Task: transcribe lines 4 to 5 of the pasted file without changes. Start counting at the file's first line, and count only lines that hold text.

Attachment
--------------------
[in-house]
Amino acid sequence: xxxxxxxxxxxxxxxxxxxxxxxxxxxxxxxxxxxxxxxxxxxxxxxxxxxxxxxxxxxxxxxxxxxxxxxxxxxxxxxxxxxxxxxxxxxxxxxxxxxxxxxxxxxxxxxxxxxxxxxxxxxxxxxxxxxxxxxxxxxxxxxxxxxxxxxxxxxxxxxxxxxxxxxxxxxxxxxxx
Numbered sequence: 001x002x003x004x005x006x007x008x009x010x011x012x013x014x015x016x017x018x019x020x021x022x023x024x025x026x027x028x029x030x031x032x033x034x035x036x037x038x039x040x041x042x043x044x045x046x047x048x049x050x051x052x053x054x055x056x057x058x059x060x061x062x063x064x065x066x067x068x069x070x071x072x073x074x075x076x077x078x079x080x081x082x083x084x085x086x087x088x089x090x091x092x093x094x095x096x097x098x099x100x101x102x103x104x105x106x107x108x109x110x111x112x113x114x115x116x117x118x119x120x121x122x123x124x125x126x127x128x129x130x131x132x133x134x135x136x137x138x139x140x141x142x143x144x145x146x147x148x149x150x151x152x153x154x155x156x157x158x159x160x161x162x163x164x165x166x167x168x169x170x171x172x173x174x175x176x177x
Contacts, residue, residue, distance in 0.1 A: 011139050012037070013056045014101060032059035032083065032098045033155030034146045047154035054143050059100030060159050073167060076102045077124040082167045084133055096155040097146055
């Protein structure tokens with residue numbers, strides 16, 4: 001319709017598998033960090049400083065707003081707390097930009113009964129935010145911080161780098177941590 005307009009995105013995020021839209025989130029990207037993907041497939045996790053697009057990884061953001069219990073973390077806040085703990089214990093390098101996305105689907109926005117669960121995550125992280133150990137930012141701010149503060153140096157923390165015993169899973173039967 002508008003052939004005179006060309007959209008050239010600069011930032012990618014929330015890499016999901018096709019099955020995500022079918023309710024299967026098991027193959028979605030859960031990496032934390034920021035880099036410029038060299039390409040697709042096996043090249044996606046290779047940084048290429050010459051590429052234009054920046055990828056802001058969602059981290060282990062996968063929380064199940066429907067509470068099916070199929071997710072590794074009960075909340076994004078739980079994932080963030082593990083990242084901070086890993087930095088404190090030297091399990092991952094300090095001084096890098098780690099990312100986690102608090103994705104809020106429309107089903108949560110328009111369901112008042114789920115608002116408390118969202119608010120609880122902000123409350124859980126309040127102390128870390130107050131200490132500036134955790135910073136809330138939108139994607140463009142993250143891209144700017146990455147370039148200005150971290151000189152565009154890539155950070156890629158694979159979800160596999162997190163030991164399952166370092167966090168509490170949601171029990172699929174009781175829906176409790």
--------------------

Contacts, residue, residue, distance in 0.1 A: 011139050012037070013056045014101060032059035032083065032098045033155030034146045047154035054143050059100030060159050073167060076102045077124040082167045084133055096155040097146055
């Protein structure tokens with residue numbers, strides 16, 4: 001319709017598998033960090049400083065707003081707390097930009113009964129935010145911080161780098177941590 005307009009995105013995020021839209025989130029990207037993907041497939045996790053697009057990884061953001069219990073973390077806040085703990089214990093390098101996305105689907109926005117669960121995550125992280133150990137930012141701010149503060153140096157923390165015993169899973173039967 002508008003052939004005179006060309007959209008050239010600069011930032012990618014929330015890499016999901018096709019099955020995500022079918023309710024299967026098991027193959028979605030859960031990496032934390034920021035880099036410029038060299039390409040697709042096996043090249044996606046290779047940084048290429050010459051590429052234009054920046055990828056802001058969602059981290060282990062996968063929380064199940066429907067509470068099916070199929071997710072590794074009960075909340076994004078739980079994932080963030082593990083990242084901070086890993087930095088404190090030297091399990092991952094300090095001084096890098098780690099990312100986690102608090103994705104809020106429309107089903108949560110328009111369901112008042114789920115608002116408390118969202119608010120609880122902000123409350124859980126309040127102390128870390130107050131200490132500036134955790135910073136809330138939108139994607140463009142993250143891209144700017146990455147370039148200005150971290151000189152565009154890539155950070156890629158694979159979800160596999162997190163030991164399952166370092167966090168509490170949601171029990172699929174009781175829906176409790």